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The bioenergies development: the role of biofuels and the CO2 price

Listed author(s):
  • Pierre-André Jouvet
  • Frédéric Lantz
  • Elodie Le Cadre

Reduction in energy dependancy and emissions of CO2 via renewables target in the European Union energy mix and taxation system might trigger bioenergy production and competition for biomass utilization. Pretreated biomass could be used to produce second generation biofuels to replace some of the fuels used in transportation and is also suitable as feedstock to produce electricity in large quantities. This paper examines how the CO2 price affects choices of biomass supply in the power sector and its consequences on the profitability of second generation biofuel units (Biomass to Liquid units). Indeed, the profitability of the BtL units which are supplied only by biomass is related to the competitive demand of the power sector driven by the CO2 price and feed-in-tariffs. We propose a linear dynamic model of supply and demands. On the supply side, a profit-maximizing torrefied biomass sector is modelized. The model aims to represent the transformation of biomass in biocoal which could be sold to the refinery sector and the power sector. A two-sided (demanders and supplier) bidding process let us to arrive at the equilibrium price for torrefied biomass. The French case is used as an exemple. Our results suggest that the higher the CO2 price, the more stable and important the power sector demand. It also makes the torrefied biomass production less vulnerable to uncertainty on demand coming from the refining sector. The torrefied biomass co-firing with coal can offer a near-term market for lignocellulosic biomass, which can stimulate development of biomass supply systems. The torrefied biomass demand can be triggered by the power sector for a low cost of CO2 and until no investment in gas power plants is necessary to replace the decommissioned nuclear power plants. Over 2020, the demand for torrefied biomass from the power sector could be substituted by the refining sector one if the oil price goes up. Thus the green power production could pave the way to BtL production.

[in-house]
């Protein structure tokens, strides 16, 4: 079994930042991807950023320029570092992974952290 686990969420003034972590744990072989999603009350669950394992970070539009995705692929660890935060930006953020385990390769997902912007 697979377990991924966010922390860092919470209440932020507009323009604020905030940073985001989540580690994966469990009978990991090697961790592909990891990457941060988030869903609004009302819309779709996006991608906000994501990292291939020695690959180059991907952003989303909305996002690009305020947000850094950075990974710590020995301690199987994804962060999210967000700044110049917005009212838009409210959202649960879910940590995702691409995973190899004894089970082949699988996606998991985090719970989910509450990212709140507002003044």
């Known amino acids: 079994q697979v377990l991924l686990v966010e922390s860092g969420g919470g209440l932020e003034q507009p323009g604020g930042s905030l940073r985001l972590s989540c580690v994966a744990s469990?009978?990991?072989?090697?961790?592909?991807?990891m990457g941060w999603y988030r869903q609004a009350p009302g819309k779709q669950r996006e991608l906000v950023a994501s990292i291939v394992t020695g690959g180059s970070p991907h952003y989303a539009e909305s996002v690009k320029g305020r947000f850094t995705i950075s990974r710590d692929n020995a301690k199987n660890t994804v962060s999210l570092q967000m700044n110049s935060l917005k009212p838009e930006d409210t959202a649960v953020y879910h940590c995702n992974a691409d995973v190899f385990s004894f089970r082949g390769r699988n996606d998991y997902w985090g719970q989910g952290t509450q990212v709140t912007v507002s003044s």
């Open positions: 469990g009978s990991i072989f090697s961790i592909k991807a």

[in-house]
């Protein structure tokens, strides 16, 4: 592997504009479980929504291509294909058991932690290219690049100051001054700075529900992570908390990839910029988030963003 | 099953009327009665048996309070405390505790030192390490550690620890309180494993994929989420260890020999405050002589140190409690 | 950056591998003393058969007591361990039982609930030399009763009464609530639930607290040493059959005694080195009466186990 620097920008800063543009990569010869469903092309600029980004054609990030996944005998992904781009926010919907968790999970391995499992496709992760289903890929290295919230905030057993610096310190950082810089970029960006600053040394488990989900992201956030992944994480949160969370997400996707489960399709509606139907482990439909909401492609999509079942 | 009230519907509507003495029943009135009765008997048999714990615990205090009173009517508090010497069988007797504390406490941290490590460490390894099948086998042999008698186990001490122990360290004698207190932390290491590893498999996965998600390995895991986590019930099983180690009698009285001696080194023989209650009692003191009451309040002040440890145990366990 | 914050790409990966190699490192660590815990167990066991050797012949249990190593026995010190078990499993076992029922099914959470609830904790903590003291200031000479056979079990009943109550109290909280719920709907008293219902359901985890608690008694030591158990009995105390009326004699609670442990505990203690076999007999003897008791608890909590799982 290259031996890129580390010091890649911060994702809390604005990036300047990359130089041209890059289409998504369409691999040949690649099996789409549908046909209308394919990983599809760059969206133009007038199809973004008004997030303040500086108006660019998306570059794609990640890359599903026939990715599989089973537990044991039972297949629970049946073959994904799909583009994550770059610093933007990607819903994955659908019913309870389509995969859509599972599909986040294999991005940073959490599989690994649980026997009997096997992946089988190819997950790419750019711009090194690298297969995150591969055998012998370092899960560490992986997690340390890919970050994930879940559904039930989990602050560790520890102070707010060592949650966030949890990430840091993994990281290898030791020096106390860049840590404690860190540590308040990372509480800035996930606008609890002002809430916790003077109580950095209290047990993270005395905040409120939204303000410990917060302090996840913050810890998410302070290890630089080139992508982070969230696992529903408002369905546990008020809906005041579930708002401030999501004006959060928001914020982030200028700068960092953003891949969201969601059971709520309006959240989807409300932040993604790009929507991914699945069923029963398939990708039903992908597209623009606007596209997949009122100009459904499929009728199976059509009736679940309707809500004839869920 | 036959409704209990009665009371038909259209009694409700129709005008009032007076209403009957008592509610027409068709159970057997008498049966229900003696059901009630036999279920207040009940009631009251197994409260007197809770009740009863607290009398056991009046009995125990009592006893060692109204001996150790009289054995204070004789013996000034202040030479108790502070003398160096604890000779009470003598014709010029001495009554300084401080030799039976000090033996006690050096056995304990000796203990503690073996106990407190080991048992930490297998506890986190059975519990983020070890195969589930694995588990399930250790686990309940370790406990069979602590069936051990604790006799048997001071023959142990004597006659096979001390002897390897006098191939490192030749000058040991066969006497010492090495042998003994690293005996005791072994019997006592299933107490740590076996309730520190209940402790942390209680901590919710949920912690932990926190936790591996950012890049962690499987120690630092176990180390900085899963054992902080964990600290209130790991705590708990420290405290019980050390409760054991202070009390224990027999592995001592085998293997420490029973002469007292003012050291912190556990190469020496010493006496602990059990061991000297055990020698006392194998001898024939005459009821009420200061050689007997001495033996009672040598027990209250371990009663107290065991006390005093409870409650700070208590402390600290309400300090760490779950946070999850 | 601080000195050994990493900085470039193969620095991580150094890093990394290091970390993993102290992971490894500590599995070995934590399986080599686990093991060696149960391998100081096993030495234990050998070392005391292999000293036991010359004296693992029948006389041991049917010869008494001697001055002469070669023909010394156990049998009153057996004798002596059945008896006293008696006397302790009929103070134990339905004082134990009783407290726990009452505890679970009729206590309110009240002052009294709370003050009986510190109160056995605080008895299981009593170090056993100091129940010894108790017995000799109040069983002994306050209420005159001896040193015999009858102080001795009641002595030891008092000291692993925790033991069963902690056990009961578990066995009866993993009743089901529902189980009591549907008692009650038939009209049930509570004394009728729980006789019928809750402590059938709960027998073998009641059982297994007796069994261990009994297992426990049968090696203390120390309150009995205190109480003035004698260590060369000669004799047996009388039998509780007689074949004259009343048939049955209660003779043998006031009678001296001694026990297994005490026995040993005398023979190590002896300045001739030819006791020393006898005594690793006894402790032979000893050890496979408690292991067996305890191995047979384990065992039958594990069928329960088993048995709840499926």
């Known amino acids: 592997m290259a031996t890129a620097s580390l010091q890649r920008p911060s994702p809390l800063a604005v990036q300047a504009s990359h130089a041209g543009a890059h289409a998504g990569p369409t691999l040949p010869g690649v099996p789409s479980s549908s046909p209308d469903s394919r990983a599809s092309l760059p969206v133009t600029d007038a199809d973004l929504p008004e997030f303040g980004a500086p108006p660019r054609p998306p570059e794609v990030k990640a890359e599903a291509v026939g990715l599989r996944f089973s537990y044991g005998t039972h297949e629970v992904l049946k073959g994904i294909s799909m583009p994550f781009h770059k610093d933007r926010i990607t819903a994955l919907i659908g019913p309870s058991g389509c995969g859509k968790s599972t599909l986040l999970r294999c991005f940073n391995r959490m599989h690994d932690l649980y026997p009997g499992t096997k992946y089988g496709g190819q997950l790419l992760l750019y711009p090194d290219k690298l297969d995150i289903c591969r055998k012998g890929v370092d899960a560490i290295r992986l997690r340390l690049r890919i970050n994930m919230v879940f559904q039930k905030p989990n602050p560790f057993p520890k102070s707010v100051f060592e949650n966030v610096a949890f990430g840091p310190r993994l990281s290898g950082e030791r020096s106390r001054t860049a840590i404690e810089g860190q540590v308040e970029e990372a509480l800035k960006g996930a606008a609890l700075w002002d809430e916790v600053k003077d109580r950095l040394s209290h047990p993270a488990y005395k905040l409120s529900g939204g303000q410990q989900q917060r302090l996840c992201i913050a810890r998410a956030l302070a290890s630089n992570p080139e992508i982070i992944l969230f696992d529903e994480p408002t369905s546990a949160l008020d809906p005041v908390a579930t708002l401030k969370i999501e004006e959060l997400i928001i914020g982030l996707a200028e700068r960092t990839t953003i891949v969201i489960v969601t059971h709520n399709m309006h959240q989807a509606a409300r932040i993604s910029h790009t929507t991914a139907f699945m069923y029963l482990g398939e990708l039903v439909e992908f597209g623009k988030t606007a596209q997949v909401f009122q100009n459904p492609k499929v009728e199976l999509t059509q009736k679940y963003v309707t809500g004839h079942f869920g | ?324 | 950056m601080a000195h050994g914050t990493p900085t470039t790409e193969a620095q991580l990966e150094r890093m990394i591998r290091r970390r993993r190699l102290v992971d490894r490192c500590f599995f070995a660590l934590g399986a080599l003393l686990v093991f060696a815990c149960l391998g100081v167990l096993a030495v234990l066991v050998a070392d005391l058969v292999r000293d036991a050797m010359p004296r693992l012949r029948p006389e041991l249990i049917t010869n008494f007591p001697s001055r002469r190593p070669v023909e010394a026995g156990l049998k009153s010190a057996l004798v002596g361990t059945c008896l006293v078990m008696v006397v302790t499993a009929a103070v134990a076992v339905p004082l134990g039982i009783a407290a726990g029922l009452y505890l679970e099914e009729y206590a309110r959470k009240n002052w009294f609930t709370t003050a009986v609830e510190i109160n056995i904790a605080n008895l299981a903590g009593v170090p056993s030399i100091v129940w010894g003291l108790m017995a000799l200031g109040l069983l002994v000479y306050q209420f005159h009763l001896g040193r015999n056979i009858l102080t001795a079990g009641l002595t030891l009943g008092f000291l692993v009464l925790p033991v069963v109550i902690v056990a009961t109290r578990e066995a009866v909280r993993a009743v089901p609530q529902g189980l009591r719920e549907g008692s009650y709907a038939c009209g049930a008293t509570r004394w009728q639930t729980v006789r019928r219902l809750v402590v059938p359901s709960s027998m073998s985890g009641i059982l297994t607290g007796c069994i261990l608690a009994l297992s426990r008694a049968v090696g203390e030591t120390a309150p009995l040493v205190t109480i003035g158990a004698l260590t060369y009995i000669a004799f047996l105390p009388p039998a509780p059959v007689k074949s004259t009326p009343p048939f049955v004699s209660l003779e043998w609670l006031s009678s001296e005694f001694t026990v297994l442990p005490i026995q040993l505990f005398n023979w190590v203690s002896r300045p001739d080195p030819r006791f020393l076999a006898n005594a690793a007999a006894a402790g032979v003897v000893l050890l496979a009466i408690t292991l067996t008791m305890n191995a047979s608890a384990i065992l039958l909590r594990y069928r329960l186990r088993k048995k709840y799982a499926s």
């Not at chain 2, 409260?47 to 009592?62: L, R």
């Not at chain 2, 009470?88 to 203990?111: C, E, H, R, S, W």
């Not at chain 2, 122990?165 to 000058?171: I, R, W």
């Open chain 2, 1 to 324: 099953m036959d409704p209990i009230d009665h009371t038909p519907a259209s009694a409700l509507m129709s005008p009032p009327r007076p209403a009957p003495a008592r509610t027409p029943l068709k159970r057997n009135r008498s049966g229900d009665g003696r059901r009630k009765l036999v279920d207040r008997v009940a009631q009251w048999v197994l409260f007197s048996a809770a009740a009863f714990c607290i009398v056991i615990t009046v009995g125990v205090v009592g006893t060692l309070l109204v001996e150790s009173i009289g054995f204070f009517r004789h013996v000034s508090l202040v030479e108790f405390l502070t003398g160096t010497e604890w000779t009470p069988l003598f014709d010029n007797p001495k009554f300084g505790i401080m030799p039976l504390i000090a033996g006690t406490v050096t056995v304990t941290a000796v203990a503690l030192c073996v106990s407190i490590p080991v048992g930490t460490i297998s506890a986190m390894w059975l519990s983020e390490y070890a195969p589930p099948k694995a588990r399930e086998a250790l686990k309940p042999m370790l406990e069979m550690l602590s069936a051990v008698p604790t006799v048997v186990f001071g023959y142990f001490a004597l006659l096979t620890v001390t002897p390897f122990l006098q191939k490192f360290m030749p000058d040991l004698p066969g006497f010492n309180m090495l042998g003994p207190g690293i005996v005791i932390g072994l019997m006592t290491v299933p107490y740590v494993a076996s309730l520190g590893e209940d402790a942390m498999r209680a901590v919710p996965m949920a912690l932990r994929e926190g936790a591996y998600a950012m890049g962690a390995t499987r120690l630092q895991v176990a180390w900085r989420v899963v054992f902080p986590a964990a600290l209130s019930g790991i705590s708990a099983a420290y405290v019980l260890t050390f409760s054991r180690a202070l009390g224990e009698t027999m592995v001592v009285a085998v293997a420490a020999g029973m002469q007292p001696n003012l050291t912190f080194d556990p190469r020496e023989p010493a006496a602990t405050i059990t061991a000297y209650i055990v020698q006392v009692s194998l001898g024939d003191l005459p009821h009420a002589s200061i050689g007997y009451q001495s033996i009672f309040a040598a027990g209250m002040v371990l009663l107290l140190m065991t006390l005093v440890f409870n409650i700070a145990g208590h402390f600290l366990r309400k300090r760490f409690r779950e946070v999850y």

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Paper provided by INRA, Economie Publique in its series Working Papers with number 2011/02.

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Date of creation: 31 Apr 2011
Handle: RePEc:apu:wpaper:2011/02
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  1. Fan, Lin & Hobbs, Benjamin F. & Norman, Catherine S., 2010. "Risk aversion and CO2 regulatory uncertainty in power generation investment: Policy and modeling implications," Journal of Environmental Economics and Management, Elsevier, vol. 60(3), pages 193-208, November.
  2. Kocoloski, Matt & Michael Griffin, W. & Scott Matthews, H., 2011. "Impacts of facility size and location decisions on ethanol production cost," Energy Policy, Elsevier, vol. 39(1), pages 47-56, January.
  3. Babcock, Bruce A. & Marette, Stéphan & Tréguer, David, 2011. "Opportunity for profitable investments in cellulosic biofuels," Energy Policy, Elsevier, vol. 39(2), pages 714-719, February.
  4. Frota Neto, J. Quariguasi & Bloemhof-Ruwaard, J.M. & van Nunen, J.A.E.E. & van Heck, E., 2008. "Designing and evaluating sustainable logistics networks," International Journal of Production Economics, Elsevier, vol. 111(2), pages 195-208, February.
  5. Levin, Todd & Thomas, Valerie M. & Lee, Audrey J., 2011. "State-scale evaluation of renewable electricity policy: The role of renewable electricity credits and carbon taxes," Energy Policy, Elsevier, vol. 39(2), pages 950-960, February.
  6. Hansson, Julia & Berndes, Gran & Johnsson, Filip & Kjrstad, Jan, 2009. "Co-firing biomass with coal for electricity generation--An assessment of the potential in EU27," Energy Policy, Elsevier, vol. 37(4), pages 1444-1455, April.
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